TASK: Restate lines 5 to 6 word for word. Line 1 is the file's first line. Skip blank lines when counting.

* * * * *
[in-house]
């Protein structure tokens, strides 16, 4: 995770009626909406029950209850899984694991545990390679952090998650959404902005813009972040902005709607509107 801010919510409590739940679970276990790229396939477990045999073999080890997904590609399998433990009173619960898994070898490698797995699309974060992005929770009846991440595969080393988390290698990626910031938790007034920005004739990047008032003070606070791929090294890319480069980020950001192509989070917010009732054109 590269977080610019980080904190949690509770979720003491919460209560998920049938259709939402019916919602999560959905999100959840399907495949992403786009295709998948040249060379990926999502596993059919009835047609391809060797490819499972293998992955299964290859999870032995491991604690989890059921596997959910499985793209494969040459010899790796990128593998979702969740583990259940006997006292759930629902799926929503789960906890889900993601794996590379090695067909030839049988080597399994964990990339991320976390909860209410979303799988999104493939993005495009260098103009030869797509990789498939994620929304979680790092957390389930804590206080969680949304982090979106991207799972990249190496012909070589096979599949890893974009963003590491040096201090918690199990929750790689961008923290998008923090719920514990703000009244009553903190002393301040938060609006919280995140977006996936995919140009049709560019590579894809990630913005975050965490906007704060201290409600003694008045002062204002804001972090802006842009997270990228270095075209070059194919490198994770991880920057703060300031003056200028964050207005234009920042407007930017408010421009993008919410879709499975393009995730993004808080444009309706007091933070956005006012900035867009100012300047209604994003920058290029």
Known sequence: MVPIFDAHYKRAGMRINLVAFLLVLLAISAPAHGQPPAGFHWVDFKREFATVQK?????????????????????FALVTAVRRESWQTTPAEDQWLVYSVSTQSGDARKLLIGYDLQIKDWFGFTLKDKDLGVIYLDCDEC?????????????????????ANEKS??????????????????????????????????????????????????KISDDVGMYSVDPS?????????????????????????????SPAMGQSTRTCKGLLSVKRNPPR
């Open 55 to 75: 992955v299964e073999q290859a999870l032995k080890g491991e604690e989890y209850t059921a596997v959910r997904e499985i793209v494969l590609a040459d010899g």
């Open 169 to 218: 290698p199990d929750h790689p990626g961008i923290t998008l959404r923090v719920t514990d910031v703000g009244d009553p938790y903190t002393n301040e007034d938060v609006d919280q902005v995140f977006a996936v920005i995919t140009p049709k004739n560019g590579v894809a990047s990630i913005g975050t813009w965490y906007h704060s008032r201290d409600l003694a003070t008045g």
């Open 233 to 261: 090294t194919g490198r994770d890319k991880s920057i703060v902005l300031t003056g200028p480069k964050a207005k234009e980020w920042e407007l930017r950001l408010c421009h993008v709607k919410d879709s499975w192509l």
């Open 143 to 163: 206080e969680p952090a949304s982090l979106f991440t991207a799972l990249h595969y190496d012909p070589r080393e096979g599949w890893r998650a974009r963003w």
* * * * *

């Open 169 to 218: 290698p199990d929750h790689p990626g961008i923290t998008l959404r923090v719920t514990d910031v703000g009244d009553p938790y903190t002393n301040e007034d938060v609006d919280q902005v995140f977006a996936v920005i995919t140009p049709k004739n560019g590579v894809a990047s990630i913005g975050t813009w965490y906007h704060s008032r201290d409600l003694a003070t008045g």
């Open 233 to 261: 090294t194919g490198r994770d890319k991880s920057i703060v902005l300031t003056g200028p480069k964050a207005k234009e980020w920042e407007l930017r950001l408010c421009h993008v709607k919410d879709s499975w192509l």